Saturday, 2 April 2016

World Autism Awareness Day 2016

So today is World Autism Awareness Day. Every year social media lights up with discussion about different colours and whether awareness is what we are really looking for. One of the questions this leads to is what are we making people aware of? The fact that we exist? Or is it more subtle than that. Are we really making people aware of things they already subconsciously know? Their inherent prejudices that lead them to reject us on the basis that we don't fit into someone's expectation of how social competence translates into the quality of a person. Are we making people aware of how we don't dovetail neatly into society, or about the little things society does without thinking that make a big difference to whether or not we can participate and connect?

Awareness is not the same thing as understanding. I think people sense that I have a disability but they don't often recognize it unless it’s pointed out.  I think people think I'm capable but not approachable or warm or easy to be around. Despite how it may appear, it's not standoffishness - it's a clumsy ability to connect and be understood coupled with a desire to be liked and known and not to ever unwittingly hurt or offend anyone.

The risk with awareness is that being aware of how someone is different from you can increase knowledge but it can also increase distance.

Are we making them aware of what it is to try and be "normal" but never actually belong? Like all you're ever going to be is a "fake" of "veneer" that people will sense is suspect a mile away. How some of us might seem that way because we don't really know who we are. That critical parts of identity formation and confidence are a luxury that comes through a kind of friendship and acceptance we haven't necessarily really experienced.

Are people aware that sharing your story sometimes makes people more accepting but at least just as often just makes you feel exposed and like no one who isn't scarred in a similar way or biologically related to you will ever want to be around you in any real way?

Being considered "deficient" from the start means that people's expectations are that you'll give 100% of what you have 100% of the time to be more acceptable to everyone else. The lies stem firstly from the fact that people will always think you aren't there yet and couple be doing more, then secondly the idea that it's always you as the person who is different who has to change and give to make yourself less unacceptable. The definition of different is two things that aren't the same not one thing that is always right and one that is always wrong. Thirdly it wrongly assumes that 100% is reasonable and static. This isn't true for anyone, but one of the features of autism and difficulties with a little thing called executive functioning (which affects how you perceive, react and cope with pretty well everything but breathing) means that this theoretical sum of what you can cope with is pretty much infinitely variable at any moment in time.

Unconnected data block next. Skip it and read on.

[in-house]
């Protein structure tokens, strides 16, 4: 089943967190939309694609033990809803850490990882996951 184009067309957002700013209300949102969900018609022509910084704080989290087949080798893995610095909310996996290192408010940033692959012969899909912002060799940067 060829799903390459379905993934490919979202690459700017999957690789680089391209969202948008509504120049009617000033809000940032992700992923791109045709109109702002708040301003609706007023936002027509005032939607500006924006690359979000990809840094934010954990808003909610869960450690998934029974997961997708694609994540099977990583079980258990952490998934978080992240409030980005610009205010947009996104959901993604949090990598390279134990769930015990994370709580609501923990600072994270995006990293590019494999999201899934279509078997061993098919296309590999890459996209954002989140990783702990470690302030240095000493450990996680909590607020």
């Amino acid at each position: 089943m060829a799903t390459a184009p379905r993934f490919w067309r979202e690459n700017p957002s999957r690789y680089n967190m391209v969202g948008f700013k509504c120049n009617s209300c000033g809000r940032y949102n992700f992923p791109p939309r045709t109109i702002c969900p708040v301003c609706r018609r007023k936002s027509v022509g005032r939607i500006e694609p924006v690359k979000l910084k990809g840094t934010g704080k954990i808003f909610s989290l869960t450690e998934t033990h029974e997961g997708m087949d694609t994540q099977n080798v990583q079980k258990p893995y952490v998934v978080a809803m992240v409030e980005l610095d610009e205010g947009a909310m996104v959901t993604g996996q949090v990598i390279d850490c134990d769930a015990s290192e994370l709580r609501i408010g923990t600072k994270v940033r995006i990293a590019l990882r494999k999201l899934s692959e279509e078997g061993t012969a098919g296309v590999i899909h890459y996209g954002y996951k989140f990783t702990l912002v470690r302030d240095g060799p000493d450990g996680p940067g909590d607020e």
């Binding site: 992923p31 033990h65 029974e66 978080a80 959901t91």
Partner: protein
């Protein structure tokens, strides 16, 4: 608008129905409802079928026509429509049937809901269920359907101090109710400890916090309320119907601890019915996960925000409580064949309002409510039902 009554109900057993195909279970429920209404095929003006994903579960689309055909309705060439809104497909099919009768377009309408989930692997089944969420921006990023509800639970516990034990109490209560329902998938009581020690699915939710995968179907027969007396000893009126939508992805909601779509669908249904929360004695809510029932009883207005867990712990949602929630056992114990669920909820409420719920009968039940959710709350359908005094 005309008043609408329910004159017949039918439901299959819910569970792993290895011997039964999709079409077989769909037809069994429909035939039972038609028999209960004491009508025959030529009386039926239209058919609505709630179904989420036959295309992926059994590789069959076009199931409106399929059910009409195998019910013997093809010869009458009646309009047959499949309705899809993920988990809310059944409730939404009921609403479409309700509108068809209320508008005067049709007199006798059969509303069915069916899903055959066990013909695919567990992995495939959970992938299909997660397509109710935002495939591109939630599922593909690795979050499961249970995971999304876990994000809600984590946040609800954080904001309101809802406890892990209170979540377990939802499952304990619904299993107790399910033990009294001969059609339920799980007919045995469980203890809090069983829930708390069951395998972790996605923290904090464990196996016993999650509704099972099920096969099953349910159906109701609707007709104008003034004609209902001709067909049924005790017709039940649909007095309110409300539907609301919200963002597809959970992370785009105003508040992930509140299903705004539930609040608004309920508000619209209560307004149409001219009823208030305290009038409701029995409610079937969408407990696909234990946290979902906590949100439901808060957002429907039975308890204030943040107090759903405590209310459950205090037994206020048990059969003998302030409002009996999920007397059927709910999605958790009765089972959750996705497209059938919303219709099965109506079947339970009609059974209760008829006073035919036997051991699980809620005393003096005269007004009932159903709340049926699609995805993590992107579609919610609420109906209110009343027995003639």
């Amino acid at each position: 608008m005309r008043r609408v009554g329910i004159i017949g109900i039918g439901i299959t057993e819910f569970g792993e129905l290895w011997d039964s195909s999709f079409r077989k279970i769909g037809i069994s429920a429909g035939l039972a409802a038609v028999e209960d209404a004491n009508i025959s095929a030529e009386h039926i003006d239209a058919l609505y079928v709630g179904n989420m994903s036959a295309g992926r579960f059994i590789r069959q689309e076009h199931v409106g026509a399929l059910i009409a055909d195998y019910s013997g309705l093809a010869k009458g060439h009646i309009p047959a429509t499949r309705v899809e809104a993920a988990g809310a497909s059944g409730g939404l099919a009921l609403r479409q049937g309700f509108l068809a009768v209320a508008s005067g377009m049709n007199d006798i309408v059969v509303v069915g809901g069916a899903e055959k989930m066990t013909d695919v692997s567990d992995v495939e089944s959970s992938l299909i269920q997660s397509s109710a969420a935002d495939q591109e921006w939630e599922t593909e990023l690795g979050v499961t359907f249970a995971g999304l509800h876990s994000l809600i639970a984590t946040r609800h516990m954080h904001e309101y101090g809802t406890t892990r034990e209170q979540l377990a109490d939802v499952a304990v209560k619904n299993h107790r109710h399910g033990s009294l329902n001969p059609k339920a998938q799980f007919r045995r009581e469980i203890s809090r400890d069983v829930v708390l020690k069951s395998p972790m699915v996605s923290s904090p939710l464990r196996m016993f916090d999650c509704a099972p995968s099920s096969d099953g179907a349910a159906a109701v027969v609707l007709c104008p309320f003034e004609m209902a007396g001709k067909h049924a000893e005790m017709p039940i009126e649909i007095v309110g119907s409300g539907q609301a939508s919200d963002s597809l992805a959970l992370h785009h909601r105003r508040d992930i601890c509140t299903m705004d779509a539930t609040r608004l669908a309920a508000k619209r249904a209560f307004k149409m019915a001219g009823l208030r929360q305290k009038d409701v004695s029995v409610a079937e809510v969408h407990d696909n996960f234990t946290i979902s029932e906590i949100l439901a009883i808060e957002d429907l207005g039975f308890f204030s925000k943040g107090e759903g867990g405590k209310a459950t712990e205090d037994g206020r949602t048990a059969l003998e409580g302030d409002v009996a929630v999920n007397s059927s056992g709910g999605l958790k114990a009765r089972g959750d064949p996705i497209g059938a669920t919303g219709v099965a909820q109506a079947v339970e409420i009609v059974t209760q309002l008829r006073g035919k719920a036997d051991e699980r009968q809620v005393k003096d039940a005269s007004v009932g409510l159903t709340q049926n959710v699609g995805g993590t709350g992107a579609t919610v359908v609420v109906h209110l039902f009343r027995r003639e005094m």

If we consider the energy that you have to cope with life as like a daily income, even if it is supposedly constant to start with its we actually get paid in a foreign country which needs to be exchanged to the currency where we are at whatever the going exchange rate is at the time. This rate depends on a whole lot of market factors in at least two different countries, and sometimes also other countries which trade heavily with the two we're exchanging currency between. For most people this exchange exists but the variability is like that between two countries with a lot of similarities such as Australia and New Zealand whereas there are a lot more differences to take into account that may or may not be obvious with autistic people like me.

Sure we can try our best (not that it’s reasonable for someone to always perform at their absolute maximum) but everything that we have to try with changes and sometimes we have to prioritise certain needs above others to try and stay afloat. 

Today is about awareness but the struggle and the journey we face on a daily basis is trying to discover and embrace who we are as well as to try and put ourselves out there and find acceptance and understanding.

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